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View Full Version : What Moon Hoax Idea Has Made You Laugh The Most?



jrkeller
2002-May-03, 04:15 AM
I'd have to say that in the six weeks since I've become an official registered member, I've seen a lot of hoax ideas put forward and subsequently shot down. Some of the moon hoax myth ideas have been so silly, I couldn't help but laugh out loud. Anyone have a similar experience? If so, what were they?

My personal favorites in no particular order are?

1) The LRV can't fit into the LM, so obviously it didn't happened. Oops forgot it folded.
2) On the PAX Show, Bill Kaysing saying that "I've seen 10000lbf jet engines blow boulders accross the land" or something like that.
3) Moon rocks made in ovens. I think my personal favorite.

I guess I could have a fourth. That is that thousands of NASA workers and contractors couldn't figure out that the moon landings were a hoax, but that a few non-technical people could.

Johnno
2002-May-03, 05:06 AM
"1) The LRV can't fit into the LM"

That's one of my favourites too.
Ive made posts like this before as well /phpBB/images/smiles/icon_smile.gif

Another good one is "it takes the shuttle 90 minutes to orbit the earth, so it should have taken the apollo spacecraft 25 minutes to orbit the moon, not 2 hours".

Ive also had a few good laughs with people who cant figure out what's in the pictures. Jack White had a few jewels, like the 'inward opening in the LM descent stage opened with a zipper' (healium tank outward bulge, he figured why would the compartment be open if there were no footprints around it).

Anyway gotta get ready for school, Ill see if I remember any more really good ones for later.

Johnno

Space Bandito
2002-May-03, 05:28 AM
The "Shake and Bake" Moon Rocks

Johnno
2002-May-03, 05:32 AM
Also a lot of claims regarding 'if armstrong was the first man on the moon, who took the film of him descending the ladder?', and 'how did they film the ascent stages leaving the moon, if there were only two astronauts on the moon, and both returned in the LM?'

Lisa
2002-May-03, 07:12 AM
I kind of like the "where are the stars?" and the "flag waving". Two of the easiest to debunk, yet the HBers still keep perpetuating them. These people need some new materiel.
Lisa

DaveC
2002-May-03, 02:19 PM
It was always "the shadows" for me. The absolutely simplest thing for people to do is observe the behaviour of shadows here on earth and see if they can duplicate what they see in the lunar photographic record. Of course they could, but none of the HBs seem willing to try. Tells me something!

Oh - and of course Piper's long range photo anomalies. If he hadn't been such an obnoxious toad, it would have been even funnier than it was.

<font size=-1>[ This Message was edited by: DaveC on 2002-05-03 10:21 ]</font>

ToSeek
2002-May-03, 03:27 PM
I made this list of "stupid claims" a while back:

- The flag waves in a vacuum: it's obvious this only happens when an astronaut is holding it
- No bad photos: five minutes at the Apollo Lunar Surface Journal will turn up plenty of bad photos
- The astronauts wouldn't fit through the hatch: there are photos of the astronauts doing so, plus there are no actual measurements to indicate the contrary
- The lunar rover wouldn't fit in the LM: Duh! It folded up!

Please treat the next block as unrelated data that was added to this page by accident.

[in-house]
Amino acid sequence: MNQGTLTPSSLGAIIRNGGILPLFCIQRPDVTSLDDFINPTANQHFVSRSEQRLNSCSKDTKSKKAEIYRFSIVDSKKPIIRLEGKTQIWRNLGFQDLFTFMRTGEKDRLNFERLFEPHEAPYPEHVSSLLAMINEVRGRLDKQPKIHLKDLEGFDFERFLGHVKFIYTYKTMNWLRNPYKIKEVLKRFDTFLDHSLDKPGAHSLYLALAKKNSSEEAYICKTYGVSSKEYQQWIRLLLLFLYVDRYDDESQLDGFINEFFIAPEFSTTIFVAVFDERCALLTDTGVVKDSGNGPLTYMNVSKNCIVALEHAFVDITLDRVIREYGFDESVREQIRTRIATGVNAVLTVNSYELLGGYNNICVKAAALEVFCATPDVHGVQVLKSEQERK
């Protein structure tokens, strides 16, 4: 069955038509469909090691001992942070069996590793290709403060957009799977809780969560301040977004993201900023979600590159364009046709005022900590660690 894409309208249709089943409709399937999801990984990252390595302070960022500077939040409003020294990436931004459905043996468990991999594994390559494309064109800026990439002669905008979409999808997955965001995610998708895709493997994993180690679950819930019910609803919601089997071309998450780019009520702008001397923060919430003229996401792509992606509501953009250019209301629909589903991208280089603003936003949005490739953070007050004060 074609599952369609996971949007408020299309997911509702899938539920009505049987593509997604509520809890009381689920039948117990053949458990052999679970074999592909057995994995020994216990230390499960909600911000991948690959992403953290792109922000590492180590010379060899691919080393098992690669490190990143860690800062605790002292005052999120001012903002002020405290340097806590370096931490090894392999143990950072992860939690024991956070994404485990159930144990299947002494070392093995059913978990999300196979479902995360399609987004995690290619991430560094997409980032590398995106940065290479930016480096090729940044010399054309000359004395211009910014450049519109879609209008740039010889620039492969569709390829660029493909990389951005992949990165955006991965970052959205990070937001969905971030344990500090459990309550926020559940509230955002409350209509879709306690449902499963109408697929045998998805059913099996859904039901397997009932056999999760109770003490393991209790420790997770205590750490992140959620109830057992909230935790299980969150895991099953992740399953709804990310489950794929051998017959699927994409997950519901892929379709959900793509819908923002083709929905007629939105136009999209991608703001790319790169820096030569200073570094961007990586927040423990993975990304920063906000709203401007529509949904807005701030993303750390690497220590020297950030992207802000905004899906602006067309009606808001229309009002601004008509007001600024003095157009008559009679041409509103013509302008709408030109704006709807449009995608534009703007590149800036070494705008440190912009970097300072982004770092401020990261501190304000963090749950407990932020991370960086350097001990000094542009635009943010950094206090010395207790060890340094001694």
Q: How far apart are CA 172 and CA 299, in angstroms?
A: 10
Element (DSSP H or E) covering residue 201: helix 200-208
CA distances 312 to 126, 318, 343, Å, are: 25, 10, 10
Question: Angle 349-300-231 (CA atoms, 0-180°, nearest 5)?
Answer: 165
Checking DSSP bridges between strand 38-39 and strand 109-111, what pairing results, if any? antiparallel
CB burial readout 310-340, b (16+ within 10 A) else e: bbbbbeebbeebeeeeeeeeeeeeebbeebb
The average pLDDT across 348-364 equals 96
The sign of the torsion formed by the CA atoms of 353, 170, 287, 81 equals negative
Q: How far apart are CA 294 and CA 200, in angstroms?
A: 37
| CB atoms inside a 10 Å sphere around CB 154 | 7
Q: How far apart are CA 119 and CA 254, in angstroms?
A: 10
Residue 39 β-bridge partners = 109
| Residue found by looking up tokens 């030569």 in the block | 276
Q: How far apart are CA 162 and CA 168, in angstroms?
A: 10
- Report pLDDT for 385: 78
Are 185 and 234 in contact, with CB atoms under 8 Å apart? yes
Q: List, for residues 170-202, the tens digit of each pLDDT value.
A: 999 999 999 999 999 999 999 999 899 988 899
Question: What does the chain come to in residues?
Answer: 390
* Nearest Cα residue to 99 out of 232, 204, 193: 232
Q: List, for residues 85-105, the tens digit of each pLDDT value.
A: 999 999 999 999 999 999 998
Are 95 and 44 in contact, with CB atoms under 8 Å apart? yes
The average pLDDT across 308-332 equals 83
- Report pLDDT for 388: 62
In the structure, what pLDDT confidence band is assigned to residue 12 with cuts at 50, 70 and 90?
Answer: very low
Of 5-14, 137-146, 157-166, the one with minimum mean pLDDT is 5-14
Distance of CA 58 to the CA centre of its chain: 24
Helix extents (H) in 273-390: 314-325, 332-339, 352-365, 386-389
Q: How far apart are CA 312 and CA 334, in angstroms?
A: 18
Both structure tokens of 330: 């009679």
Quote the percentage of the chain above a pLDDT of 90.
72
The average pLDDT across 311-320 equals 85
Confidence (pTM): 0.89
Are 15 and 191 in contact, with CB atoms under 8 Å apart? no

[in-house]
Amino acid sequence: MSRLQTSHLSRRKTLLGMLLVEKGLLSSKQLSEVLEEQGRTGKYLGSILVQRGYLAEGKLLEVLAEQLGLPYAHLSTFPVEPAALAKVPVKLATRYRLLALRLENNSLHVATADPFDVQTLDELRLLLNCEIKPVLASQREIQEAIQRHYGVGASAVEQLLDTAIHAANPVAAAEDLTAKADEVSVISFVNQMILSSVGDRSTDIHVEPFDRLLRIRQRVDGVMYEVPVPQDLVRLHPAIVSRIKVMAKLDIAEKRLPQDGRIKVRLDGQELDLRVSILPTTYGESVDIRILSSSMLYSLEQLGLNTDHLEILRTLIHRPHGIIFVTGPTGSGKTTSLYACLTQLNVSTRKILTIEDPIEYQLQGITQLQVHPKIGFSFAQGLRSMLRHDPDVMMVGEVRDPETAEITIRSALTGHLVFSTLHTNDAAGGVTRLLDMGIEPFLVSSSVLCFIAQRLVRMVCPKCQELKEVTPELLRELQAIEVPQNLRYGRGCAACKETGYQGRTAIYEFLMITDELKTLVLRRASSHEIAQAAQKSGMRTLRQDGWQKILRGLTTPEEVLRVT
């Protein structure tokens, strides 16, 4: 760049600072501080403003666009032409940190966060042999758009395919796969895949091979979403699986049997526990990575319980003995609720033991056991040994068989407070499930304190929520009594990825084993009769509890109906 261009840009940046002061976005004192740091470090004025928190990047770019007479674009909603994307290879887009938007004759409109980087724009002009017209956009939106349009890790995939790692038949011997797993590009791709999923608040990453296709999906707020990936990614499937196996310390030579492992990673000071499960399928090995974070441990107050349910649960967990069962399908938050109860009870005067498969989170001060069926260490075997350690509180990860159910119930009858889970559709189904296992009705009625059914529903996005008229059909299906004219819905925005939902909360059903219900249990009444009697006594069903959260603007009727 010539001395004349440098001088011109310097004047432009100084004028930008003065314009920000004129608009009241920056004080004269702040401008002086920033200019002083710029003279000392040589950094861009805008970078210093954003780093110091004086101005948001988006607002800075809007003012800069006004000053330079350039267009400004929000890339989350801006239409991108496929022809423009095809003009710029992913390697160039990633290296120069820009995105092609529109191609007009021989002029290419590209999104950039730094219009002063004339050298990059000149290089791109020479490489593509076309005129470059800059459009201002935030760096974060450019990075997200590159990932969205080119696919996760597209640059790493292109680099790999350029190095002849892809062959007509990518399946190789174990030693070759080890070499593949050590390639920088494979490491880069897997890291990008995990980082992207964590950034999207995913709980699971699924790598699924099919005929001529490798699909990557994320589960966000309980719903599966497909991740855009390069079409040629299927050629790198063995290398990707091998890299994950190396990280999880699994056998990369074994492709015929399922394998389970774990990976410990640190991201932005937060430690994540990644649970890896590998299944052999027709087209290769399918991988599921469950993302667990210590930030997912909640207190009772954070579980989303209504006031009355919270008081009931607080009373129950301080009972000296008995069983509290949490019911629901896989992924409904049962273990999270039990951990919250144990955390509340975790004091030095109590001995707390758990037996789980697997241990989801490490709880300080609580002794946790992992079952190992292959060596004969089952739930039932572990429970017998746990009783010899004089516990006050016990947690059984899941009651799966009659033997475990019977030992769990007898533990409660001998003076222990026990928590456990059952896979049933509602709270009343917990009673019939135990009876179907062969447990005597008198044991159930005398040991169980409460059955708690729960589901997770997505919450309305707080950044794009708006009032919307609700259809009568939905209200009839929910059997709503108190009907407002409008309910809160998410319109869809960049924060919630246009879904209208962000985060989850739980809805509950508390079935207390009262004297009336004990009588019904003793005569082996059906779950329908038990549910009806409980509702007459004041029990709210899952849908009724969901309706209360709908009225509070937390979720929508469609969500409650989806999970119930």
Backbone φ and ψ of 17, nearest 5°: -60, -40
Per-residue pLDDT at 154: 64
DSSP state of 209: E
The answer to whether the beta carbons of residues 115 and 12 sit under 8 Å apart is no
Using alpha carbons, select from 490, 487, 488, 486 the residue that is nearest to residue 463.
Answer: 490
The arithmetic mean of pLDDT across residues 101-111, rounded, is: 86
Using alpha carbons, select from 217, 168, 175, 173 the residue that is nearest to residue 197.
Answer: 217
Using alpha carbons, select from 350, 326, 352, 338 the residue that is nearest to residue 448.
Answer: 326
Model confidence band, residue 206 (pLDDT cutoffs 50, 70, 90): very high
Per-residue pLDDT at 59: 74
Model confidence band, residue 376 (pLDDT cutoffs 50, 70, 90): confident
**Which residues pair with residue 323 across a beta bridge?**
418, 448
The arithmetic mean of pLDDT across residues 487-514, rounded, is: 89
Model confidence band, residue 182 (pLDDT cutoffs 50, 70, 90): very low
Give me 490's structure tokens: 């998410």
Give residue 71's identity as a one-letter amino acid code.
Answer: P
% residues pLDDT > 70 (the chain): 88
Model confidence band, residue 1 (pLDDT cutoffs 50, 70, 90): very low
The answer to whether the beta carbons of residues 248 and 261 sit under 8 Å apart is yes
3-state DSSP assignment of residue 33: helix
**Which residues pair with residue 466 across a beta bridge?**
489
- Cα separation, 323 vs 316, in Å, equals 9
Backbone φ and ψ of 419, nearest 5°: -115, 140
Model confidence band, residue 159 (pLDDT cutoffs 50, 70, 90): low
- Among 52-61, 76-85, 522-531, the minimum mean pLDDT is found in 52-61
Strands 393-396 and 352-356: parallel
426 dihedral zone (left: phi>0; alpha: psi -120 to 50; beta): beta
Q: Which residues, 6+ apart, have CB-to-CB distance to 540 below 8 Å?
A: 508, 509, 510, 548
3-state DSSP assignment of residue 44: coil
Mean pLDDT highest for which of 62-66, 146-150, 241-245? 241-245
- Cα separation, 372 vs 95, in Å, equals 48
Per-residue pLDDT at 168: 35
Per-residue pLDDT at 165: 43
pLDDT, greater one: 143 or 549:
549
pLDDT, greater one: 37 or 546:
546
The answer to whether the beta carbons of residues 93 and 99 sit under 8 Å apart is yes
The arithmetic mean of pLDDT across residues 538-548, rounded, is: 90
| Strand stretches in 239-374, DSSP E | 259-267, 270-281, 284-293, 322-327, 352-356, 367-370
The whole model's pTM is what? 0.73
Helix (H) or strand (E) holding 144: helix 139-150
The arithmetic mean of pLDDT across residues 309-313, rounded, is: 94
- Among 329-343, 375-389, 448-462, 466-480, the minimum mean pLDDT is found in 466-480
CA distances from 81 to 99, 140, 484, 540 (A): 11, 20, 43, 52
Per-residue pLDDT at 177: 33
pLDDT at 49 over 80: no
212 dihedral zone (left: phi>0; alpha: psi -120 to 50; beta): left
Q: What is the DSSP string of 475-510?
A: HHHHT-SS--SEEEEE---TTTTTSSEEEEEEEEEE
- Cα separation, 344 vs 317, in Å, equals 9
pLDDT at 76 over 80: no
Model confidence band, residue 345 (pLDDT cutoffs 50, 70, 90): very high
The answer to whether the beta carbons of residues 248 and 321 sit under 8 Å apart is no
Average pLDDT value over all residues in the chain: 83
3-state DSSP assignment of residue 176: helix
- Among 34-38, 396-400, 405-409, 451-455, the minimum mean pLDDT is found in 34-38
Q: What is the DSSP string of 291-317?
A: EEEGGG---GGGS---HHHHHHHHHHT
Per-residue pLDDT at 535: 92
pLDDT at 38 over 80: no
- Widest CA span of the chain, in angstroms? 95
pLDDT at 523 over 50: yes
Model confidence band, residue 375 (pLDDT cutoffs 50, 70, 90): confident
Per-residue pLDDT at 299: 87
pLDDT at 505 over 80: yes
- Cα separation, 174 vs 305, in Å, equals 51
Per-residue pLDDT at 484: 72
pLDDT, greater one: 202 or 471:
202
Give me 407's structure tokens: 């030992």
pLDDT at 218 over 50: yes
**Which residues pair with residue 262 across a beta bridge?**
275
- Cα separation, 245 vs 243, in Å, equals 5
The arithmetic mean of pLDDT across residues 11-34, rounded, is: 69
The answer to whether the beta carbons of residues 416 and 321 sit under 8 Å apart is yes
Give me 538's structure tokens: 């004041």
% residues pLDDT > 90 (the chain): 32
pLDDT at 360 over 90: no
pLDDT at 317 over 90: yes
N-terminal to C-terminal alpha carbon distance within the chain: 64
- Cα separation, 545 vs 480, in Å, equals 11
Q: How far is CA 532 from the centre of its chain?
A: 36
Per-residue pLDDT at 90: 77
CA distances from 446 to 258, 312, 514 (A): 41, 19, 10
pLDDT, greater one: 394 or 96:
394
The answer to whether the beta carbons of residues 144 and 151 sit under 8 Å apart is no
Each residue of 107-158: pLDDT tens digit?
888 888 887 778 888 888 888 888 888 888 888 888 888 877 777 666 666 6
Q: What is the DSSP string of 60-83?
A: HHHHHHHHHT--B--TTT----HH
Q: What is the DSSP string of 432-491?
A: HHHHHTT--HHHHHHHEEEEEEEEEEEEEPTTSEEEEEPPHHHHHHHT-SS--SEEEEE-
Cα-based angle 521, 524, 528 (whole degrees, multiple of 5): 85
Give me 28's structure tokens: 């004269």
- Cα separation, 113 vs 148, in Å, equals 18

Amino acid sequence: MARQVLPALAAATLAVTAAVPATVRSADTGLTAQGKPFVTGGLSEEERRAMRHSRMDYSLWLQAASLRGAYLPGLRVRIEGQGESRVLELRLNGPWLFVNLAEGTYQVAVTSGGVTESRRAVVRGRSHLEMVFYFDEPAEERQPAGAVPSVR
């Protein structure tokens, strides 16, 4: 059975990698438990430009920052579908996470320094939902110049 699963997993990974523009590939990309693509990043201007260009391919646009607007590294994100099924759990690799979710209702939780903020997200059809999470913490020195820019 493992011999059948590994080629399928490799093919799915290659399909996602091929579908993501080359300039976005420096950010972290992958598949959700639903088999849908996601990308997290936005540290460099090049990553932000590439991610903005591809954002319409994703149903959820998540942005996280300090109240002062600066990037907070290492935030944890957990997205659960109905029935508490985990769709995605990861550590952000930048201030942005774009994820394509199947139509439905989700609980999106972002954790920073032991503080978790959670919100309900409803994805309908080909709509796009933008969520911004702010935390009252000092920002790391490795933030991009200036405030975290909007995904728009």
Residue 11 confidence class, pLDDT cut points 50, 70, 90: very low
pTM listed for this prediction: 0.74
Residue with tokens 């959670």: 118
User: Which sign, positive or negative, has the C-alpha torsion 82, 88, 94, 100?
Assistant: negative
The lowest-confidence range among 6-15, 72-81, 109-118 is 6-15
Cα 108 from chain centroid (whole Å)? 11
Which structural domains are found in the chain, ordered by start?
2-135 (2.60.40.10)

- There were no unmanned missions to the moon before Apollo: there were plenty

Silas
2002-May-03, 03:55 PM
The most offensive claim was that the Apollo 1 fire was deliberate murder...

But the *funniest* I've ever heard was: "There's no gravity in space, so why didn't the astronauts just float away from the moon's surface?" (Answer: "They had weighted boots!")

Silas

DaveC
2002-May-03, 04:02 PM
Silas, I think you win for funniest question and funniest answer. That's priceless. /phpBB/images/smiles/icon_lol.gif

JayUtah
2002-May-03, 04:07 PM
The funniest: The Saturn V was well over 300 feet tall. Since the moon's gravity is only one-sixth that of the earth, the lunar module would need to be at least 50 feet tall in order to reach lunar orbit.

What makes it particularly funny was that it appeared in the official Mensa journal. You know, club for super-geniuses.

Johnno
2002-May-03, 04:13 PM
You gotta be kidding Jay

DaveC
2002-May-03, 04:21 PM
Thanks for reminding us of that, Jay. I remember it was discussed at Apollohoax (in one of the now-deleted threads.
Weren't there some other stupid questions that were part of that same series?

Curious George
2002-May-03, 05:28 PM
The Lunar Rover's tires being filled with air. On the website it states, 'early photos clearly showing the air valves sticking out, ..anyone who didn't notice this needs to get their eyes checked'. (no LRV photos were displayed)
It goes on to say.. 'NASA was made aware of the oversight and quietly retouched ALL the public LRV photos'. /phpBB/images/smiles/icon_smile.gif

-Matt

LunarOrbit
2002-May-03, 05:31 PM
The funniest claim I ever heard was the one about "Capricorn 1". Yeah, a movie made in 1978 proves the 1969 moon landing was faked.

One HB also claimed that a James Bond movie (Diamonds Are Forever, I think) has proof that Apollo was a hoax because in the movie Bond finds a movie set where they are faking a moon mission.

AstroMike
2002-May-03, 05:55 PM
One of the most ridiculous I've heard is:

http://www.hq.nasa.gov/office/pao/History/alsj/a12/as12-49-7278.jpg

"Shadows visible in Al Bean's visor go off in various directions, not in straight parallel lines, as expected, suggesting that there is more than one light source."

Have these people ever look into a fish-eye lens before? I guess not.